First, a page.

One thing that always strikes me upon return from any trip to London is my own country’s glaring lack of meat pies. What gives? Wandering into a pub in London, of which there are many, you’re more likely than not to find a savory (or “savoury”) pie on the menu, and in some cases, an entire meat pie section. From beef to lamb, chicken, and even vegetarian versions, these flaky, doughy, single-serving pies encase a mixture of protein, onions, vegetables, and a rich gravy often made with brandy, wine, or stout beer. A good meat pie is comfort food of the highest order, and though you might find chicken pot pie on the occasional American pub menu, I would contend we are the victims of a significant shortage.
Delicious and filling meat pies of all sorts are devoured in English pubs all year round, but during the holiday season a specific version, called “mincemeat pie”, emerges dominant. Though recipes for mincemeat pie vary greatly, it is (broadly) a semi-savory pie, made from ground meat (often beef or lamb), stewed with fruits, like raisins, cherries, apricots, and apples, and traditional pie spices and flavorings, like cinnamon, nutmeg, clove, brown sugar, or molasses.
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Use a large muffin tin to make individual sized mincemeat pies.
Mincemeat pie is a decidedly English food, and can be traced back to the 11th-century crusades. Armed with warm spices from the Middle East, the crusaders added much of said spice to the filling as a means of preserving, but also improving upon the likely not-so-fresh meat. King Henry V took favor to the dish, and began ordering it be served at Christmas, among other moments of celebration, like coronations and weddings. A flavorful booze like rum or brandy is often incorporated, as is suet, the hard fat of beef or lamb found around the loins and kidneys, which can be purchased in stores. Using exactly three spices was thought to represent the gifts brought by the three wise men to a newborn baby Jesus and became an important part of mincemeat pie-making.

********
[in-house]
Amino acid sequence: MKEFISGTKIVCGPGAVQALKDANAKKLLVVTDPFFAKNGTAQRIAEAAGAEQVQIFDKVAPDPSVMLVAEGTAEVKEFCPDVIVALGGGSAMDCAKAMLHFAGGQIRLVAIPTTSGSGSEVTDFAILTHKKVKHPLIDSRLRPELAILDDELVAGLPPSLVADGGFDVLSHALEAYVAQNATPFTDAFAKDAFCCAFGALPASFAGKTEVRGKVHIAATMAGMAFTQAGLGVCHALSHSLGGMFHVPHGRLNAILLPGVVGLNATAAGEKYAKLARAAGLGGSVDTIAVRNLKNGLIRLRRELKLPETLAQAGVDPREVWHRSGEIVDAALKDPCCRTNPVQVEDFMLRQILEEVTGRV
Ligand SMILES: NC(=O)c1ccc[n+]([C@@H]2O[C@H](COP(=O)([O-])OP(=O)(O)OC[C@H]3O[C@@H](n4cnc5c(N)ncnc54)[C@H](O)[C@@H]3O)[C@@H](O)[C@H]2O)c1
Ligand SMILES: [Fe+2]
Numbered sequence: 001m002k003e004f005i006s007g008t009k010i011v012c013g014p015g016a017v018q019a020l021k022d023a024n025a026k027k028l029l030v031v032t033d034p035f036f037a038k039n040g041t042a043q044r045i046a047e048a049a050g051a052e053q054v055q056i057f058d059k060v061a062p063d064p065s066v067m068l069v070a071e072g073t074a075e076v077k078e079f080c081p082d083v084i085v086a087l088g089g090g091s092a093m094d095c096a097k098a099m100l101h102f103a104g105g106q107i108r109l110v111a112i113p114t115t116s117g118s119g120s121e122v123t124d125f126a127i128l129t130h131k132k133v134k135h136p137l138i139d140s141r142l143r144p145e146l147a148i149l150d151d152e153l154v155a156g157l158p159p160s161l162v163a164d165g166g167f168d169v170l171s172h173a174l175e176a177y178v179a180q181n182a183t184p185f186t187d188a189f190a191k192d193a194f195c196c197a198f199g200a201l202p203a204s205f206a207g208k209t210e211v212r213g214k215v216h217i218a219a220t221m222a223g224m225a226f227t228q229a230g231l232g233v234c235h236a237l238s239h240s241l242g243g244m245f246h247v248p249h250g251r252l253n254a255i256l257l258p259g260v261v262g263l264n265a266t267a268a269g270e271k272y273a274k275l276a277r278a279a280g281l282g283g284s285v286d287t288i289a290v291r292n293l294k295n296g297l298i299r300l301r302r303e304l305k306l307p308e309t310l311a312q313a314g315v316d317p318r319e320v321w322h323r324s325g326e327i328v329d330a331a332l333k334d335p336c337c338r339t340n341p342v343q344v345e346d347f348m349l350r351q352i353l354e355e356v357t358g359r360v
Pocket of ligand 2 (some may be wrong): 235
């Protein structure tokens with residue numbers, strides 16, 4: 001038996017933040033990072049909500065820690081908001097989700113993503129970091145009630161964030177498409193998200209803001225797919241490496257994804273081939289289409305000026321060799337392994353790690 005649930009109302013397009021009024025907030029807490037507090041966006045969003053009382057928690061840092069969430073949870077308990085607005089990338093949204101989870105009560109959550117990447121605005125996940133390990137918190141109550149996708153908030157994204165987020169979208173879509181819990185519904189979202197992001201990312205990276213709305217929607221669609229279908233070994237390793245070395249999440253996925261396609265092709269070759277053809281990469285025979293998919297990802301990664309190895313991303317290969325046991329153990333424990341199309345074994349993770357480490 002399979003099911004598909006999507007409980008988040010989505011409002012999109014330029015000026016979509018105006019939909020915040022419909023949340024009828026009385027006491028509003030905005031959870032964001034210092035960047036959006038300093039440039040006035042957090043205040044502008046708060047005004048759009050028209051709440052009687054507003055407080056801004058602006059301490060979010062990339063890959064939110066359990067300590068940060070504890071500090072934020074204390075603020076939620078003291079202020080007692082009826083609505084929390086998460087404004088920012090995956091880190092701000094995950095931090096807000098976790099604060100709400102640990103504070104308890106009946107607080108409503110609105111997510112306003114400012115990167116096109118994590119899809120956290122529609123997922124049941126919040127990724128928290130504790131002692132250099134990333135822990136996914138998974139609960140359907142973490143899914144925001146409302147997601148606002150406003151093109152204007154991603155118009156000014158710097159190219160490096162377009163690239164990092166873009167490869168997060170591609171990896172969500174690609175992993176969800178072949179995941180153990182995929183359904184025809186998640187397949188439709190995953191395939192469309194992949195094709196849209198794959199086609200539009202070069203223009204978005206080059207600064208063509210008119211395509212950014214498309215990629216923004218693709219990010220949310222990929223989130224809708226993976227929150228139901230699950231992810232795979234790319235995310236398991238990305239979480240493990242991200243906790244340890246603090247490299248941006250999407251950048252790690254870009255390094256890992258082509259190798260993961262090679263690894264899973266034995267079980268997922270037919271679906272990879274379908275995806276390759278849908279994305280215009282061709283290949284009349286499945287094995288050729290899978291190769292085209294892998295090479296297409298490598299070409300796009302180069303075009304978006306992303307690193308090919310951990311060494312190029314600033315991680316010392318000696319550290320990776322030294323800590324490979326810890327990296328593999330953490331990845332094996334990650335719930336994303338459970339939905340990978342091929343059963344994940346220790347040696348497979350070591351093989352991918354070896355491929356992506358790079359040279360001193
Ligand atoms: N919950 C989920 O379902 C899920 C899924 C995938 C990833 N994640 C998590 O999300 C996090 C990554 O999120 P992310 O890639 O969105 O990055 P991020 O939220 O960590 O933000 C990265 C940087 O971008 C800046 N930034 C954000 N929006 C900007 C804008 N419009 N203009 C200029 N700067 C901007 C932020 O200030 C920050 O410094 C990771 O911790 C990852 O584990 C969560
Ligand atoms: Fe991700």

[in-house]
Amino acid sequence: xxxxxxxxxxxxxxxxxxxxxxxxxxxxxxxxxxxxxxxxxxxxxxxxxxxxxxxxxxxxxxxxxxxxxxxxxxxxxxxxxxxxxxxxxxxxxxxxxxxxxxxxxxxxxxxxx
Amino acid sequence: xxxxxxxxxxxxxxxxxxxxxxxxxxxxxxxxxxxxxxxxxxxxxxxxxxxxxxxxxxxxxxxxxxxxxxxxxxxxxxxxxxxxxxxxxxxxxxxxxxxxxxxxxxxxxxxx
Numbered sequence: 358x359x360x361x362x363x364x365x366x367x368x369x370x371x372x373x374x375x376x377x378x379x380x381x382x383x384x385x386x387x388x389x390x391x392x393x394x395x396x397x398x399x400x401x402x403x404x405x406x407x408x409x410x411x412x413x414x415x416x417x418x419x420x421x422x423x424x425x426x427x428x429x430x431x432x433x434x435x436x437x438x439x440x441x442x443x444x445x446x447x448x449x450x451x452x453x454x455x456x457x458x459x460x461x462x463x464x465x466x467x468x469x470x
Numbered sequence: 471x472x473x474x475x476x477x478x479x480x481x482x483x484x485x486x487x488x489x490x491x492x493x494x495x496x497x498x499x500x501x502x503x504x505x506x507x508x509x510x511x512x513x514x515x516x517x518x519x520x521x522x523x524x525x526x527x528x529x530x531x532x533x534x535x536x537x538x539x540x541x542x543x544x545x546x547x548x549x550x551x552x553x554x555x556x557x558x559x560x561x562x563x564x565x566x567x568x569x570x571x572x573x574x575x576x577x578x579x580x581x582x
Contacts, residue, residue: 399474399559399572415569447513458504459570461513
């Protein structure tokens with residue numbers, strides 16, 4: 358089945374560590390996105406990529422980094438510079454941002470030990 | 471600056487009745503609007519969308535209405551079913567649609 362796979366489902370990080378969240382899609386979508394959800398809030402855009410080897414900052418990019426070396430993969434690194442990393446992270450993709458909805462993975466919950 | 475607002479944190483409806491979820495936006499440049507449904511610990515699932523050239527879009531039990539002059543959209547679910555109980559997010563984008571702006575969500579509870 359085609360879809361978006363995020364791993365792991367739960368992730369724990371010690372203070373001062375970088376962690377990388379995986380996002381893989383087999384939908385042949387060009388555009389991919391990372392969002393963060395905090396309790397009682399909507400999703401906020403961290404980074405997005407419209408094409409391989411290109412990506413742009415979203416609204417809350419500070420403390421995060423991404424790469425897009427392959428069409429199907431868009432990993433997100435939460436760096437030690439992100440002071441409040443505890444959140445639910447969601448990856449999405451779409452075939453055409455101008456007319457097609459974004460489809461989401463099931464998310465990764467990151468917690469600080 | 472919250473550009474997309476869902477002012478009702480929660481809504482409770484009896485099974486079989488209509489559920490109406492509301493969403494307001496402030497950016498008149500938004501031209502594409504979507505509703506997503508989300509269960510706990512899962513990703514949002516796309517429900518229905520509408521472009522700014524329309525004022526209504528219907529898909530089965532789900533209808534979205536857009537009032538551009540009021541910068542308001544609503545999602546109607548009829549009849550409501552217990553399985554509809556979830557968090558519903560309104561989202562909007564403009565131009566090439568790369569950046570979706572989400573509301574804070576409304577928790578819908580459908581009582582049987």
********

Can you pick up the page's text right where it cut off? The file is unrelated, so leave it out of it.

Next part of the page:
Though by no means ubiquitous here in the U.S., mincemeat pie was brought to New England, along with many other English recipes and cooking traditions, by Puritan settlers. Because they largely rejected Christianity, and in turn Christmas, mincemeat was adapted as a Thanksgiving dish here in North America, but has since regained its rightful place as Christmas fare.
Admittedly, tastes have changed since the first mincemeat pie was baked, and the concept of meat and fruit in the same dish might be a confusing, even unappetizing, proposition to some. The beauty in mincemeat lies in its openness to interpretation, and if the thought of raisins or cherries with beef is too much to handle, one can cut them and take mincemeat pie in a more savory direction, with ingredients like mushrooms and peas. To rightfully call it “mincemeat,” consider leaving some of the pie spices in, especially nutmeg and clove, which make for a warm, interesting flavor, and work especially well with lamb/mutton.
Today you’d be unlikely to find mincemeat pie on many menus here, but English specialty shops like Myers of Keswick (New York City), will make and sell them, especially around the holidays. Your best bet is to make your own with easily found ingredients and a fairly simple process. Below are a few recipes for mincemeat pie, also known as “minced beef pie,” or simply “mince pie,” to try at home.
In this hyper-traditional recipe, the Daring Gourmet stresses the use of suet to round out the flavor. Suet will balance the sweetness of the fruit, also. Get the Authentic Mincemeat Pie recipe.
Some interpretations of mincemeat pie remove meat altogether. Obviously more of a dessert, no animals were harmed in the making of this pie. Get the All Fruit Mincemeat Pie recipe.
Another savory version from BBC food calls for beef mushrooms and assembled in a casserole dish or tray is intended for larger groups or parties. Get the Minced Beef Pie recipe.
A savory version of mincemeat pie leaves the fruit behind and the addition of mirepoix vegetables, Worcestershire and ketchup resembles something you’re likely to find in most English pubs. Get the Savoury Mince Pie recipe.
A vegan version subs in coconut oil for the lard or suet and heavily-spiced filling of dried fruits put this in the sweets category. Get the Vegan Mince Pie recipe.
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